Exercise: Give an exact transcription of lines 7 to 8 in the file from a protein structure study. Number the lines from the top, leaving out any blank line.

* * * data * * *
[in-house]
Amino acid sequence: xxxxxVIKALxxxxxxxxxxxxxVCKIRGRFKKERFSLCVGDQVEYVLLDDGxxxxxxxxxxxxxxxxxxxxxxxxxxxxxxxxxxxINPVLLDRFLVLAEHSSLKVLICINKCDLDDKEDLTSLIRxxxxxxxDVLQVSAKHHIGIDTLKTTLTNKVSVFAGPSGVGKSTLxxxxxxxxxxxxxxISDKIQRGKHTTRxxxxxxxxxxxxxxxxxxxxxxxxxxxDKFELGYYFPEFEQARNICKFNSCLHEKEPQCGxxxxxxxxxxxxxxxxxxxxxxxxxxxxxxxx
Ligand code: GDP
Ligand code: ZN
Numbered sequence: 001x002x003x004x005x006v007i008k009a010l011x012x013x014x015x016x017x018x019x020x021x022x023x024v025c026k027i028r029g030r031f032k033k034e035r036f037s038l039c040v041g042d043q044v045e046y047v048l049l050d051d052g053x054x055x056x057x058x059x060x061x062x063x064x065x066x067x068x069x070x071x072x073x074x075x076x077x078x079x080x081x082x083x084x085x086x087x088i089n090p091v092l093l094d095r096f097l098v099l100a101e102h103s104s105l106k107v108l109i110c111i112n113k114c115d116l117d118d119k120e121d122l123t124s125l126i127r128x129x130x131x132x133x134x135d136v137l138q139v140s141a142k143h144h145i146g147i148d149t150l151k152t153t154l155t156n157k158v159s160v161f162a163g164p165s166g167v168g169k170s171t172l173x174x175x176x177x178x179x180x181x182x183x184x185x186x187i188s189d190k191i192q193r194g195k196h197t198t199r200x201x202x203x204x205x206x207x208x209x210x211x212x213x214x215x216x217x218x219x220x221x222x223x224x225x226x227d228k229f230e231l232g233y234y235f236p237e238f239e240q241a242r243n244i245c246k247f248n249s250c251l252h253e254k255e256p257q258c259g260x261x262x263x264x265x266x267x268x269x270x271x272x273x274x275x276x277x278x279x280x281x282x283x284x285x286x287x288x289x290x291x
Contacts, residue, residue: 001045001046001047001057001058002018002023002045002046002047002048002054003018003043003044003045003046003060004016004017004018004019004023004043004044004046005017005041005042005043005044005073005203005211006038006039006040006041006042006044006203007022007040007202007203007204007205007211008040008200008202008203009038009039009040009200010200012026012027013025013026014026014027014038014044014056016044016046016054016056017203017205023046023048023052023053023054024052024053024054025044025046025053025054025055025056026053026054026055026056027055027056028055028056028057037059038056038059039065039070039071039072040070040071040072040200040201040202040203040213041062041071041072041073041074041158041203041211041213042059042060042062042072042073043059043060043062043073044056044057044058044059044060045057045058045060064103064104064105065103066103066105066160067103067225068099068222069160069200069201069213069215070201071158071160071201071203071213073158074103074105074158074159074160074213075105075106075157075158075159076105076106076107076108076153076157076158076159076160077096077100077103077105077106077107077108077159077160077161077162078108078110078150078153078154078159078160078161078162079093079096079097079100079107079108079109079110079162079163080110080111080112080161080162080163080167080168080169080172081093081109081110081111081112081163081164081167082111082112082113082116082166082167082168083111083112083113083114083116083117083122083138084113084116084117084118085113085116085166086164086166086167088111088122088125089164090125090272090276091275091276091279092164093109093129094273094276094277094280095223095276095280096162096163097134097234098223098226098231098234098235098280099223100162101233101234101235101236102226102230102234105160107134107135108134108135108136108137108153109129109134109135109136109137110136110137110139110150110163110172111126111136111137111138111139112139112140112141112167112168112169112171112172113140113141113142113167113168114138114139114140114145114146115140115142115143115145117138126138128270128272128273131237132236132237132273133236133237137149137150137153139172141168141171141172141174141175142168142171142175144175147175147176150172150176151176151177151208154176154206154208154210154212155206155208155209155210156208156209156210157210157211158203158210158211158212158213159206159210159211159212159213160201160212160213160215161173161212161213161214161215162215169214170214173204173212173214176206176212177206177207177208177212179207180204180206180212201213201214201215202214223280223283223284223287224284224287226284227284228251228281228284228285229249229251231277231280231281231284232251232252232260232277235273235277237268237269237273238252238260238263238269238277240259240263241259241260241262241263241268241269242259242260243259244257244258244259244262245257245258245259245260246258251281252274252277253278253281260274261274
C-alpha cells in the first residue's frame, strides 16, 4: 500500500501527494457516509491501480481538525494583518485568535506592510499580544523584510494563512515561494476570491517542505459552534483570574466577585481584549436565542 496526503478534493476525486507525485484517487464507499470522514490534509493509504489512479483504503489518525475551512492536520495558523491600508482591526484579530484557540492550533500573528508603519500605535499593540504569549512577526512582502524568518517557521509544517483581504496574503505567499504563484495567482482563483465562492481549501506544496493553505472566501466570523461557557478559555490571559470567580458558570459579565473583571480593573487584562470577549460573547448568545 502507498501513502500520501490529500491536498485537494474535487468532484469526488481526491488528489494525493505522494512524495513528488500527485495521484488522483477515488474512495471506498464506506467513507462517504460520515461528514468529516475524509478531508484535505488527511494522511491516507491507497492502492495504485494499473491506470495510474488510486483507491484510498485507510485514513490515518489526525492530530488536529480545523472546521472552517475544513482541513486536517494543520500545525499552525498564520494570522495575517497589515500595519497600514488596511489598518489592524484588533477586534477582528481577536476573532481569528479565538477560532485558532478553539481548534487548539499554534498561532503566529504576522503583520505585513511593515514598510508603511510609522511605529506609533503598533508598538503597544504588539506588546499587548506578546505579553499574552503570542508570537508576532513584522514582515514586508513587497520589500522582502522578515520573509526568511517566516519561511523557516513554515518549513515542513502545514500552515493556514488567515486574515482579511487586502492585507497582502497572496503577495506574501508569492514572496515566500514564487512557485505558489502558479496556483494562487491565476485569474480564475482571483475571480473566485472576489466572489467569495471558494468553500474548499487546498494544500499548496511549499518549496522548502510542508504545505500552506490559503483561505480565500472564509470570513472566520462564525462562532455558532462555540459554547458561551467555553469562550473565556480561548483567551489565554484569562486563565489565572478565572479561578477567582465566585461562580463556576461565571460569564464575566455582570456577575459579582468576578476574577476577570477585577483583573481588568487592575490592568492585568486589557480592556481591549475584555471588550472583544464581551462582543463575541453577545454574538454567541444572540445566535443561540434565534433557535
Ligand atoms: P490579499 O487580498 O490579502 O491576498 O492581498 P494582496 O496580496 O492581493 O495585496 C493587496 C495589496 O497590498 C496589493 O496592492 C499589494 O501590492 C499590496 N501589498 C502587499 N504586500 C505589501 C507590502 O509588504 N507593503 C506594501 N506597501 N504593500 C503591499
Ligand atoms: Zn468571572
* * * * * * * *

C-alpha cells in the first residue's frame, strides 16, 4: 500500500501527494457516509491501480481538525494583518485568535506592510499580544523584510494563512515561494476570491517542505459552534483570574466577585481584549436565542 496526503478534493476525486507525485484517487464507499470522514490534509493509504489512479483504503489518525475551512492536520495558523491600508482591526484579530484557540492550533500573528508603519500605535499593540504569549512577526512582502524568518517557521509544517483581504496574503505567499504563484495567482482563483465562492481549501506544496493553505472566501466570523461557557478559555490571559470567580458558570459579565473583571480593573487584562470577549460573547448568545 502507498501513502500520501490529500491536498485537494474535487468532484469526488481526491488528489494525493505522494512524495513528488500527485495521484488522483477515488474512495471506498464506506467513507462517504460520515461528514468529516475524509478531508484535505488527511494522511491516507491507497492502492495504485494499473491506470495510474488510486483507491484510498485507510485514513490515518489526525492530530488536529480545523472546521472552517475544513482541513486536517494543520500545525499552525498564520494570522495575517497589515500595519497600514488596511489598518489592524484588533477586534477582528481577536476573532481569528479565538477560532485558532478553539481548534487548539499554534498561532503566529504576522503583520505585513511593515514598510508603511510609522511605529506609533503598533508598538503597544504588539506588546499587548506578546505579553499574552503570542508570537508576532513584522514582515514586508513587497520589500522582502522578515520573509526568511517566516519561511523557516513554515518549513515542513502545514500552515493556514488567515486574515482579511487586502492585507497582502497572496503577495506574501508569492514572496515566500514564487512557485505558489502558479496556483494562487491565476485569474480564475482571483475571480473566485472576489466572489467569495471558494468553500474548499487546498494544500499548496511549499518549496522548502510542508504545505500552506490559503483561505480565500472564509470570513472566520462564525462562532455558532462555540459554547458561551467555553469562550473565556480561548483567551489565554484569562486563565489565572478565572479561578477567582465566585461562580463556576461565571460569564464575566455582570456577575459579582468576578476574577476577570477585577483583573481588568487592575490592568492585568486589557480592556481591549475584555471588550472583544464581551462582543463575541453577545454574538454567541444572540445566535443561540434565534433557535
Ligand atoms: P490579499 O487580498 O490579502 O491576498 O492581498 P494582496 O496580496 O492581493 O495585496 C493587496 C495589496 O497590498 C496589493 O496592492 C499589494 O501590492 C499590496 N501589498 C502587499 N504586500 C505589501 C507590502 O509588504 N507593503 C506594501 N506597501 N504593500 C503591499